Engaged in the development of our home country Nigeria
The Nigerians in Diaspora Organisation Europe is the European arm of a global Nigerian Diaspora network. Established in the year 2000 and registered in England and Wales in 2002 under the Companies Act, the organization’s Headquarters is in London from where it serves its 19 Regional Chapters in 18 European Countries.
NIDOE provides an umbrella to all Nigerians in Europe. In concert with the other continental arms of NIDO in the Americas, Asia and Africa, the organization is the largest assembly of Nigerians worldwide.
The Government of Nigeria recognizes the organization as an official platform through which individual Nigerian Diaspora, their Community Organizations, and Corporate Bodies can channel their developmental efforts to Nigeria. In this sense, the organization partners with Nigerian Community / Professional Organizations as well as public and private businesses in focused areas such as Foreign Direct Investment (FDI), professional networking, stakeholder advocacy, medical missions, educational support and skills transfer to Nigeria.
The Nigerians in Diaspora Organisation Europe is the European arm of a global Nigerian Diaspora network. Established in the year 2000 and registered in England and Wales in 2002 under the Companies Act.
The central vision of NIDO Europe is to bring Nigerians living in europe together and to identify those willing to offer their skills to assist Nigeria’s national development. Which will be needed in developmental projects.
Our primary objectives are to promote, support and encourage global trade awareness and moral consciousness that promote positive business climate between Nigeria and Europe also improve the image of Nigeria.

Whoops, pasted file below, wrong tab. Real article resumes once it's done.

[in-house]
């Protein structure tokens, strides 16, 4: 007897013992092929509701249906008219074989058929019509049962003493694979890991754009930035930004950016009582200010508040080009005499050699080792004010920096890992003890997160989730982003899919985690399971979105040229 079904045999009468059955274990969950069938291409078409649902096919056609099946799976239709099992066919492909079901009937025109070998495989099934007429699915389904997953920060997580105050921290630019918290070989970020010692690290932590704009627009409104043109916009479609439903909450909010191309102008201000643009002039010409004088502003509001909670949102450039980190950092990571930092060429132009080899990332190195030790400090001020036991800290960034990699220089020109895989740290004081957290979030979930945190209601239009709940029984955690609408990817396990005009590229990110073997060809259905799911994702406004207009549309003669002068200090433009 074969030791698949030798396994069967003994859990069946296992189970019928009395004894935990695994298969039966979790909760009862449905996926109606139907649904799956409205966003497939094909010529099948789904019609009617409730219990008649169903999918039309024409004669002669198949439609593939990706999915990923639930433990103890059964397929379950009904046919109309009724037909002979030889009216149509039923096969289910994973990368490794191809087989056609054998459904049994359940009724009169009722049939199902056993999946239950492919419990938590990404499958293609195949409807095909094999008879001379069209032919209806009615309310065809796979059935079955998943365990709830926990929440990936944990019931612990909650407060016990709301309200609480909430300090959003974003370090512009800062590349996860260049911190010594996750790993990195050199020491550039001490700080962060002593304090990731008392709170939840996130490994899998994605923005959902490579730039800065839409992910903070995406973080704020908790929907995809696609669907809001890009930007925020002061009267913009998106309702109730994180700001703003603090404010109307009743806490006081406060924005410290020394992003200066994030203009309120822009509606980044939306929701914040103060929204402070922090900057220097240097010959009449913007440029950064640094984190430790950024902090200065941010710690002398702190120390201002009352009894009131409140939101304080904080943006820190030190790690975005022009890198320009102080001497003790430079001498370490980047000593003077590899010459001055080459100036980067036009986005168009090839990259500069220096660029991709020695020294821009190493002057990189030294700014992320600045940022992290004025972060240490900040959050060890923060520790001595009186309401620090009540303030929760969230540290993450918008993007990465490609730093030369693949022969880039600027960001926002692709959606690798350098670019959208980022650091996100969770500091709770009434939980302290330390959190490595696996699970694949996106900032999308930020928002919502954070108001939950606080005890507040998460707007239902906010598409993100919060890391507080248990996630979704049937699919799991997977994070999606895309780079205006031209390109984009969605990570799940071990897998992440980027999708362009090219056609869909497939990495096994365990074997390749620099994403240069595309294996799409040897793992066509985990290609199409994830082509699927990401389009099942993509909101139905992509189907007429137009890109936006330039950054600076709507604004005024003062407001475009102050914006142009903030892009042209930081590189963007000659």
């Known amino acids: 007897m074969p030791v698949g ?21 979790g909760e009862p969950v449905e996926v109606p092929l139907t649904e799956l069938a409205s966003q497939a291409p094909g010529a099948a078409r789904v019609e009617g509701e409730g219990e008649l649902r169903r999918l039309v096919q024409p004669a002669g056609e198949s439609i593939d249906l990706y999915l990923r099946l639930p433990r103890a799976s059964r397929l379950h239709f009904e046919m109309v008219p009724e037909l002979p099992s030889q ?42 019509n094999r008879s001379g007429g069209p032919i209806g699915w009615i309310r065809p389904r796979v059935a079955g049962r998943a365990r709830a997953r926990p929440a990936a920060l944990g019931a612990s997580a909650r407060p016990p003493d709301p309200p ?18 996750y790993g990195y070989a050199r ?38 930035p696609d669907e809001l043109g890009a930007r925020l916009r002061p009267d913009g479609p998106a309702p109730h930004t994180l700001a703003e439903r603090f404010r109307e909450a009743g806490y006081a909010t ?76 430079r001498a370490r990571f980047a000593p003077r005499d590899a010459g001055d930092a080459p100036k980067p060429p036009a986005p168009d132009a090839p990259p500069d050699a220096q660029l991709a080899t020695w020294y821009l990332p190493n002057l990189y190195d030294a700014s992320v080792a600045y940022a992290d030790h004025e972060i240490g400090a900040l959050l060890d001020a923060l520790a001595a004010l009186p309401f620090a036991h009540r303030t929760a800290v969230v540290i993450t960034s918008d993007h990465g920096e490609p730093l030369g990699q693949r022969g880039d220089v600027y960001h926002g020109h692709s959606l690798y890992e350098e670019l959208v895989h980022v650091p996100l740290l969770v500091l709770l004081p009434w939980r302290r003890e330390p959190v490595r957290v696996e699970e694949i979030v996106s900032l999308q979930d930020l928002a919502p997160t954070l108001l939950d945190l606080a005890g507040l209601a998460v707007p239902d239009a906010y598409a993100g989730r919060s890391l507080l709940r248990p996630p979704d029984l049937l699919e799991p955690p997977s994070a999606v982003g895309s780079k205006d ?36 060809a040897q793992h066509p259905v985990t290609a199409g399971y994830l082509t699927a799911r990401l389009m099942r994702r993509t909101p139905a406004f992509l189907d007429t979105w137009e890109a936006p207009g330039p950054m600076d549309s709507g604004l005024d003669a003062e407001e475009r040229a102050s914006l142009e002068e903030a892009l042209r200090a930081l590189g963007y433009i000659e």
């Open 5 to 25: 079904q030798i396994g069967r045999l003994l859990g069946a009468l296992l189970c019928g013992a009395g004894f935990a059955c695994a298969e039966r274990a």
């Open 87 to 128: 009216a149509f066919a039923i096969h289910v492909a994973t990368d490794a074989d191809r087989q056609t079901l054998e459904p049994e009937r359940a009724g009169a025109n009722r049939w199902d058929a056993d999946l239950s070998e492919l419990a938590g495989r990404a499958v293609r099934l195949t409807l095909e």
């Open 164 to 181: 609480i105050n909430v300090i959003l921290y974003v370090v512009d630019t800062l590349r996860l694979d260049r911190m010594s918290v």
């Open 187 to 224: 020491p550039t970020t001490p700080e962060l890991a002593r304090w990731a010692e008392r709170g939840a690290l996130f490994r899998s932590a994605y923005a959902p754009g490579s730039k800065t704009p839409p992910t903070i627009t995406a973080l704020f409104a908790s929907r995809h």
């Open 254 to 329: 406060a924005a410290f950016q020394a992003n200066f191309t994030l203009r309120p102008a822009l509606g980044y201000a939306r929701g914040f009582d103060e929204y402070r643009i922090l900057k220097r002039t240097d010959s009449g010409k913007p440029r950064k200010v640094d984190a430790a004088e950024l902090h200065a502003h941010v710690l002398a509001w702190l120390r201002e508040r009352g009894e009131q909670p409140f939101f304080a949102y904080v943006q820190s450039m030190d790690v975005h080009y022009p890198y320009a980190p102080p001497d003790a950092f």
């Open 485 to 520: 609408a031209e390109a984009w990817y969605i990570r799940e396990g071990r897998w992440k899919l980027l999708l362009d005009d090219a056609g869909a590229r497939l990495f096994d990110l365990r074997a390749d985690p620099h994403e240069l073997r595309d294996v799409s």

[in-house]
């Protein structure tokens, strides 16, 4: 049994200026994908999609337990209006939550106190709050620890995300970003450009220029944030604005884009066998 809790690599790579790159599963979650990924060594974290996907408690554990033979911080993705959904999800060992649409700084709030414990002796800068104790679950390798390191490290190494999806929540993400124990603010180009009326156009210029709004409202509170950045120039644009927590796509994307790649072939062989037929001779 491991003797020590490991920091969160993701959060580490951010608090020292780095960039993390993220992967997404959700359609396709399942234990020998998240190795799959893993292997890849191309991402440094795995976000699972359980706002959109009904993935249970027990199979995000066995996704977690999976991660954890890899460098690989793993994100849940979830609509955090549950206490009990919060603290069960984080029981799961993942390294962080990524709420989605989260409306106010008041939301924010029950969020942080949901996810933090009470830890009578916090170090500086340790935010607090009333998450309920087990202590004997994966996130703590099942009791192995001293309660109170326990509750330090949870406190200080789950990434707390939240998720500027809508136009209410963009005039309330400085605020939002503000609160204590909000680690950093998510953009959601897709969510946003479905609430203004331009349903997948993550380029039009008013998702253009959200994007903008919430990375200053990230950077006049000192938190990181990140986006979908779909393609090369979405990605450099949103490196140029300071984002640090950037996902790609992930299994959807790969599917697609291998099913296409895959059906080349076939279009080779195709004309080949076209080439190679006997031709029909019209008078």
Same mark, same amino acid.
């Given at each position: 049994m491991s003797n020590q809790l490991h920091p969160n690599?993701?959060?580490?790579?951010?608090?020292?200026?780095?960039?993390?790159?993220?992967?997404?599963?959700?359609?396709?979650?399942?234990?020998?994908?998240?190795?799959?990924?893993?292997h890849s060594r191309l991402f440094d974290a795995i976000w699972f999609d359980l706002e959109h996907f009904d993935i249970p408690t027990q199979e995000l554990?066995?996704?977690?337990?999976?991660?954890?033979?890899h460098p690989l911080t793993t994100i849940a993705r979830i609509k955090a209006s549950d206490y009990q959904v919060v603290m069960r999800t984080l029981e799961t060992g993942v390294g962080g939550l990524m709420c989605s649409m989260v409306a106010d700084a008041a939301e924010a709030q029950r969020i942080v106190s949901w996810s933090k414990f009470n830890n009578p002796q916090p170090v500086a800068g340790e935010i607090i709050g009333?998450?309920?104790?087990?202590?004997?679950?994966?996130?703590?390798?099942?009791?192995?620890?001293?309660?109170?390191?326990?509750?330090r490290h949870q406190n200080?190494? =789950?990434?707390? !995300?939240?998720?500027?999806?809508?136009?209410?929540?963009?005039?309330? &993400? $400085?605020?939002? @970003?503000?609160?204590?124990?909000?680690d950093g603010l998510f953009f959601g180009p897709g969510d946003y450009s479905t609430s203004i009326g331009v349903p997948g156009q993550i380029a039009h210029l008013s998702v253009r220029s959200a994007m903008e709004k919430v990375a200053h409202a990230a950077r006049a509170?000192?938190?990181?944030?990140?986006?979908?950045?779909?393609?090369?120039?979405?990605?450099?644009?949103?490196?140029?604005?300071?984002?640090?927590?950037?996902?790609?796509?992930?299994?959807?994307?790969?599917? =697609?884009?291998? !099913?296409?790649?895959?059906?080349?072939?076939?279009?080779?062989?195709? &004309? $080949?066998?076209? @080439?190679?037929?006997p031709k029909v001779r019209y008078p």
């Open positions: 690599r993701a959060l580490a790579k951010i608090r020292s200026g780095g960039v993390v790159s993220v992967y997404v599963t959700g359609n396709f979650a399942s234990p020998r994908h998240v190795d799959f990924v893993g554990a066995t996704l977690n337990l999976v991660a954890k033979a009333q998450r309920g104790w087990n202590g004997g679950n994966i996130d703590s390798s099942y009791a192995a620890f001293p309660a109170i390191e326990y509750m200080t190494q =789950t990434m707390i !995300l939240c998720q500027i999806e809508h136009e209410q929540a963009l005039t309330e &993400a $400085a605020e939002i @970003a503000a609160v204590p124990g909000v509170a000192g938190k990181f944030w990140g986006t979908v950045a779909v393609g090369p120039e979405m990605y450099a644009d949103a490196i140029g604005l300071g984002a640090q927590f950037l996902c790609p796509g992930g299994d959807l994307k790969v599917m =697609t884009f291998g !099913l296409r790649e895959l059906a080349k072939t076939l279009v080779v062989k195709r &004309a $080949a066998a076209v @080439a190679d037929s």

Nine African migrants who benefited from IOM's legal counselling
following a recent spate of anti-foreigner violence in the
Calabrian town of Rosarno have been issued with temporary residence permits for reasons of social protection under Article 18 of the Italian Immigration Act.
The migrants were part of a group of several hundred mostly
sub-Saharan farm workers who were exploited by corrupt employers in
citrus farms, working up to 12 hours a day with little or no pay
and who were forced to live in inhumane conditions in makeshift
huts and abandoned factories.
"An IOM team met the undocumented migrants in an Expulsion and
Identification Centre of the southern town of Bari, where many had
been transferred right after the January riots. We listened to
their testimonies and they provided us with key information on how
they were exploited in Calabria," says Simona Moscarelli, IOM's
legal expert in Rome.
Working with a network of Italian counter-trafficking NGOs, IOM
then organized the transfer of the migrants to shelters in various
parts of the country.
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